Short Title: Sewing

Long Title: My Sewing Machine and the Most Learning I've Done in a Really Long Time

I got a sewing machine for Christmas.  I asked for one actually, after being frustrated by having to get rid of items of clothing because they were too big or because a hem was loose, and also after being inspired by some really cool sewing blogs such as New Dress a Day.

I haven't had an opportunity to really try the sewing machine until this weekend, but I finally got it out.  I decided to start by reading the manual but quickly realized that's a bad idea.  I had absolutely no idea what they were talking about.  So I pulled the machine out and tried to refer to the actual machine while reading the manual.  I'm pretty sure at one point I was so deep in concentration that my brow was furrowed and I was all hunched over.  It was intense.  DH kept making fun of me.

My first bobbin

"This is seriously the most learning that I've done in a long, long time," I declared.  Probably since I took a Spanish class at CMU a few years ago.

But I wasn't kidding. Sewing machines are intensely complicated, and from what I can tell, unnecessarily so.  Let me review.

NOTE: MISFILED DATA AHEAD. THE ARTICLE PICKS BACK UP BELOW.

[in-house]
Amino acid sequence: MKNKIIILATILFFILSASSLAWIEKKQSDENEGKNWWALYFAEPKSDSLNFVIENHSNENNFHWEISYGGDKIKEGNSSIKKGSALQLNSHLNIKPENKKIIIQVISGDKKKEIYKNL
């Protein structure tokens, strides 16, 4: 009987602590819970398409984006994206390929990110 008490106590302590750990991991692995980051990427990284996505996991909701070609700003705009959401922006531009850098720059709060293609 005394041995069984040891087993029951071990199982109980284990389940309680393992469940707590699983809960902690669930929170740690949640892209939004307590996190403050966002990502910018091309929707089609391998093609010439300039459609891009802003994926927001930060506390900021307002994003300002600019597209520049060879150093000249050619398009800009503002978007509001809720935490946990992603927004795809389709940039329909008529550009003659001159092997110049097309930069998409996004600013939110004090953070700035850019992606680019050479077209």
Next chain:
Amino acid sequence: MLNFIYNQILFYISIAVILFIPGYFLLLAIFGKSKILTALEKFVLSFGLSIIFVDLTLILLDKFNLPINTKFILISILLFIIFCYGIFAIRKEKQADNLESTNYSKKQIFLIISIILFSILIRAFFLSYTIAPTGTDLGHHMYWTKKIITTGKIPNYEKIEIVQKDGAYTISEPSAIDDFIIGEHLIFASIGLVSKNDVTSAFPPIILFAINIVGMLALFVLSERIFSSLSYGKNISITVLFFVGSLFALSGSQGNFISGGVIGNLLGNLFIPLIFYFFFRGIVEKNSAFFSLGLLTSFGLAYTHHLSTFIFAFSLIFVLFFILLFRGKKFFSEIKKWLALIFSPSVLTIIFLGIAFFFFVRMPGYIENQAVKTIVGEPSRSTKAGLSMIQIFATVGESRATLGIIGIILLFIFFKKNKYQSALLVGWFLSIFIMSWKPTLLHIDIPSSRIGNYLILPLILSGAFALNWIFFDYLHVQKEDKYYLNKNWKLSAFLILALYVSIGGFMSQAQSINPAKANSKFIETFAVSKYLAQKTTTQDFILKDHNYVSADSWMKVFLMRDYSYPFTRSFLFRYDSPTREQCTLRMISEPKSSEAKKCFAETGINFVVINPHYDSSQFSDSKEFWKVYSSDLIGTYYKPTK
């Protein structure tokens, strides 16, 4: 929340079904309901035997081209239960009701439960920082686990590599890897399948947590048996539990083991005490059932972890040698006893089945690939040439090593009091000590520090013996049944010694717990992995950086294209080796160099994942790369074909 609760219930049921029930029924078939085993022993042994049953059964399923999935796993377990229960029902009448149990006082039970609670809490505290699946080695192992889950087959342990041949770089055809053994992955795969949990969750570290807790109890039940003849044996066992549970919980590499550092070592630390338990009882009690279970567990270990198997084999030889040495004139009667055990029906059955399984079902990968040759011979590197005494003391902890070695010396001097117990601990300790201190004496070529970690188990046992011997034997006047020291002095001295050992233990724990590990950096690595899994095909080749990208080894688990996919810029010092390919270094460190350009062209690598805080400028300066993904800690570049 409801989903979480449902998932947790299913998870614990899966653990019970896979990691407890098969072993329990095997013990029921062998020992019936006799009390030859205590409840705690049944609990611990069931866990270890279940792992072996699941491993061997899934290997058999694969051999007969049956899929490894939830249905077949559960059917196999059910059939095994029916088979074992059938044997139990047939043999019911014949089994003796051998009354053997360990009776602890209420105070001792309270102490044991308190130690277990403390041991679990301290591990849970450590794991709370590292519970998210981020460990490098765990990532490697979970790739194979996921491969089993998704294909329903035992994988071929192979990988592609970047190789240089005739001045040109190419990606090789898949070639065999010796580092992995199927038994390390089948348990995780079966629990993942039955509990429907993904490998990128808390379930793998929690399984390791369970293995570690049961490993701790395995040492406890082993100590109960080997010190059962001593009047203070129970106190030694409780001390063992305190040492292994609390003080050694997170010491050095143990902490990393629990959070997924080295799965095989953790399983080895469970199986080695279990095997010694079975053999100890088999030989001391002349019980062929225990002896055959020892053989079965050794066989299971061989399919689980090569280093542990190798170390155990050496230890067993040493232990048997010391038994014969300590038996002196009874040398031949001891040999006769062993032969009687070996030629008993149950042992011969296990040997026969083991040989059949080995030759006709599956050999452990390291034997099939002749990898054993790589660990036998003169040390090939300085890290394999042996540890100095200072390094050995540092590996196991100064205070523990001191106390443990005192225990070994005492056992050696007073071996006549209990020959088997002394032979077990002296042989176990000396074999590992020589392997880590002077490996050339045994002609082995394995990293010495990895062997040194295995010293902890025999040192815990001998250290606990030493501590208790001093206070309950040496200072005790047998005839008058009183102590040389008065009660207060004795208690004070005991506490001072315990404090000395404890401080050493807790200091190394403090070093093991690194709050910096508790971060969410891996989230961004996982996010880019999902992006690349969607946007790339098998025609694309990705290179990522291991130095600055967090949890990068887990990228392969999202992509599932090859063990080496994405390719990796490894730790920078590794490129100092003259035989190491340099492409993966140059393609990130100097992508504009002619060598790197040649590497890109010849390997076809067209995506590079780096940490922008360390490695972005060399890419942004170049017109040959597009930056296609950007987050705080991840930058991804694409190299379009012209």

In order to "thread the machine" you have to take the thread from the top of the machine, wind it around a little metal piece, down a slot in the front of the machine, under a loop, up a another slot back towards the top, around a metal loop and then back down again.  Now you're finally at the needle.  But first you have to hook the thread around this little piece of metal and then only do you get to put the thread through the needle using yet another contraption.  Ridiculous, I tell you.  I'd like someone to explain to my why exactly the thread needs to go up, down and around so many different times and places.  It seems to me like going straight from the spool to the needle would work just as good.  This, I tell you, is why young people today don't have any interest in sewing.  Too damn complicated.

Anyway, if you're just learning how to thread your sewing machine I would suggest skipping the users manual completely - if you're not family with a sewing machine it will make absolutely no sense.  Instead, I recommend going straight to YouTube and searching for "How to thread a YOUR MODEL HERE sewing machine" and you're sure to get a half dozen step by step videos.  After wasting about 3 hours trying to figure it out from the manual, YouTube had me up and running in less than 20 minutes.

 But now that the machine is threaded, what's next?  I tried just playing around with it, but I was clearly doing something wrong, since I kept getting these little loopy things on the back on the old t-shirt I was playing around with.  Still not sure how to fix that, and YouTube hasn't been much help.  But I have 4 spools of thread and not a lot else to do, so I'm sure I'll be showcasing my first project in no time!


Laura said...

I like sewing. I'm not amazing or anything but I can make anything square. Blankets and curtains seem to be common for me haha.

The loops... did you put the metal thing that looks like two skis (the thing right below your needle) to the down position?

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